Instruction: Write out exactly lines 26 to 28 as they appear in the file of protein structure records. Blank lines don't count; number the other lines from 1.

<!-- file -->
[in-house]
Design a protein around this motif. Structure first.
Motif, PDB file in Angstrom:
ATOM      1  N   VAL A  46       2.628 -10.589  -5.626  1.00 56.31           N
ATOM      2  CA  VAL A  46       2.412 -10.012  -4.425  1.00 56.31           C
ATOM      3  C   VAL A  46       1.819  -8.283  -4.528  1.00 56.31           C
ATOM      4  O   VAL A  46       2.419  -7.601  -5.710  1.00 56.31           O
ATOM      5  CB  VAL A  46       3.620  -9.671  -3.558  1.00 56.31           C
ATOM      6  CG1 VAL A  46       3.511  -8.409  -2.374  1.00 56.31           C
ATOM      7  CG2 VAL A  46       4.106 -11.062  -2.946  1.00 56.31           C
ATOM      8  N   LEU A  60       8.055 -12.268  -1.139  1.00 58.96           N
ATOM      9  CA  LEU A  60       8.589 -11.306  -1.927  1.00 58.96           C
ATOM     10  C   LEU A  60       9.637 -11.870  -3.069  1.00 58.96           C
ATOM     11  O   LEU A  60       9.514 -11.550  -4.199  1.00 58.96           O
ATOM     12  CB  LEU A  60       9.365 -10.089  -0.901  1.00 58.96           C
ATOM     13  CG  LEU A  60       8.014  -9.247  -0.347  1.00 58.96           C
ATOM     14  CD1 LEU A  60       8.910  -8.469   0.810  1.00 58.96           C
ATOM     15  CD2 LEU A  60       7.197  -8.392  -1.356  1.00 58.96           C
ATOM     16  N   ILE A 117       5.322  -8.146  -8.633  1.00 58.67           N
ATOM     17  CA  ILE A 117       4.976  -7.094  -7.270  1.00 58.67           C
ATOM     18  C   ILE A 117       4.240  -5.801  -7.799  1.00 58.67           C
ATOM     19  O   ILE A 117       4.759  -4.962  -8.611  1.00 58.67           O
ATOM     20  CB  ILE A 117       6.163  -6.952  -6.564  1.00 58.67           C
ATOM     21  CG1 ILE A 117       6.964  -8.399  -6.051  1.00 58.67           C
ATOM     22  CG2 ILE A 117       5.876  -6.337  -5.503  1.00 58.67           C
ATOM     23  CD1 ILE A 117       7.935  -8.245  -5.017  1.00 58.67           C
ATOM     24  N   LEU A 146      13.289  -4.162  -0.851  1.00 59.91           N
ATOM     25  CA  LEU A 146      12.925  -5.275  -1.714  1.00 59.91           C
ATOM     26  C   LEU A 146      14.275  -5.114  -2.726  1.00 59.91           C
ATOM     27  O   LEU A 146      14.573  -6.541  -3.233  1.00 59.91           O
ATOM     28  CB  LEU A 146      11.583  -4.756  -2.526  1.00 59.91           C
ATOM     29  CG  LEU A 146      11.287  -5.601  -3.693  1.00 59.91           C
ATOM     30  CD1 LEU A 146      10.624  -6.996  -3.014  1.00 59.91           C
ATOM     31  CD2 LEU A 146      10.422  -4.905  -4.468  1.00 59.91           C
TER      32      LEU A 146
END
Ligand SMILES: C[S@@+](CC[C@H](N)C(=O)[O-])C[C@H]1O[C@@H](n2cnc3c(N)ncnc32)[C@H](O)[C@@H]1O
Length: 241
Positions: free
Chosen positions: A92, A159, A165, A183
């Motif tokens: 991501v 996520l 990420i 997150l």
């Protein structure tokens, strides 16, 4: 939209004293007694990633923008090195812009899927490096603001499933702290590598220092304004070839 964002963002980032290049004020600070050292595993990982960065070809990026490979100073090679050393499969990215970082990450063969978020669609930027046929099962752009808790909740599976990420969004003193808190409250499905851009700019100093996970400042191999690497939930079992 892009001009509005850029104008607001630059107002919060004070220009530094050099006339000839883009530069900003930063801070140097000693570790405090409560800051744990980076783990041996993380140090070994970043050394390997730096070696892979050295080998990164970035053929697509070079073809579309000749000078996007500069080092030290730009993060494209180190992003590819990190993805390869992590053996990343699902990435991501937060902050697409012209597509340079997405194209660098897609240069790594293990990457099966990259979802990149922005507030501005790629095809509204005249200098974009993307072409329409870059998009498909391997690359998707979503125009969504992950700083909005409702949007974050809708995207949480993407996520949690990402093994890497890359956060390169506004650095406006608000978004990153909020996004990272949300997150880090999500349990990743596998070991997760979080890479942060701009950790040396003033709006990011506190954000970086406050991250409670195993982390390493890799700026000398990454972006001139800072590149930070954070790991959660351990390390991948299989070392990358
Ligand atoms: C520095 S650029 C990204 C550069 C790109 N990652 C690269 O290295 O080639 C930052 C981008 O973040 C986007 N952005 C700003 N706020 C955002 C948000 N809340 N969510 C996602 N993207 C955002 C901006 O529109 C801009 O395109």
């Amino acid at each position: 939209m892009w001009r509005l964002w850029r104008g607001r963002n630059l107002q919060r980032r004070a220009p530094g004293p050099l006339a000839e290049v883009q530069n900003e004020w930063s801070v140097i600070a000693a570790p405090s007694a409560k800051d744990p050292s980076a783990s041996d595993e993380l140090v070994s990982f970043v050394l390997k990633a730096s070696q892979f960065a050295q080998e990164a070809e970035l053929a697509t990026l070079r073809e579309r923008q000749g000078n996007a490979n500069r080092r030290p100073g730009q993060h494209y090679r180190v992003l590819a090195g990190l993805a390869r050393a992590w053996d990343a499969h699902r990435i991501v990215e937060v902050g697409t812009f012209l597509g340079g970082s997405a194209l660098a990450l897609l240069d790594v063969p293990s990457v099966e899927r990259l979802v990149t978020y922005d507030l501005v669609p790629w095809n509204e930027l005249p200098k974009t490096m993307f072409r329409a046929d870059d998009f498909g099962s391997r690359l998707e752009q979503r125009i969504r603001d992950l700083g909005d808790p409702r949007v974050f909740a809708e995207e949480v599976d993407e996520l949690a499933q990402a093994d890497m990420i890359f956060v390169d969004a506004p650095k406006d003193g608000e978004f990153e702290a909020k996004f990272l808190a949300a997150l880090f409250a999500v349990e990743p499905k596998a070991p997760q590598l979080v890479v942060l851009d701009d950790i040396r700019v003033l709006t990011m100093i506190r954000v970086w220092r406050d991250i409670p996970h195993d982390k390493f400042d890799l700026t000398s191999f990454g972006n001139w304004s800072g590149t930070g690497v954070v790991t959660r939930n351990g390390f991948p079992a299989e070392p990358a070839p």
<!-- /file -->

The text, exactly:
ATOM     23  CD1 ILE A 117       7.935  -8.245  -5.017  1.00 58.67           C
ATOM     24  N   LEU A 146      13.289  -4.162  -0.851  1.00 59.91           N
ATOM     25  CA  LEU A 146      12.925  -5.275  -1.714  1.00 59.91           C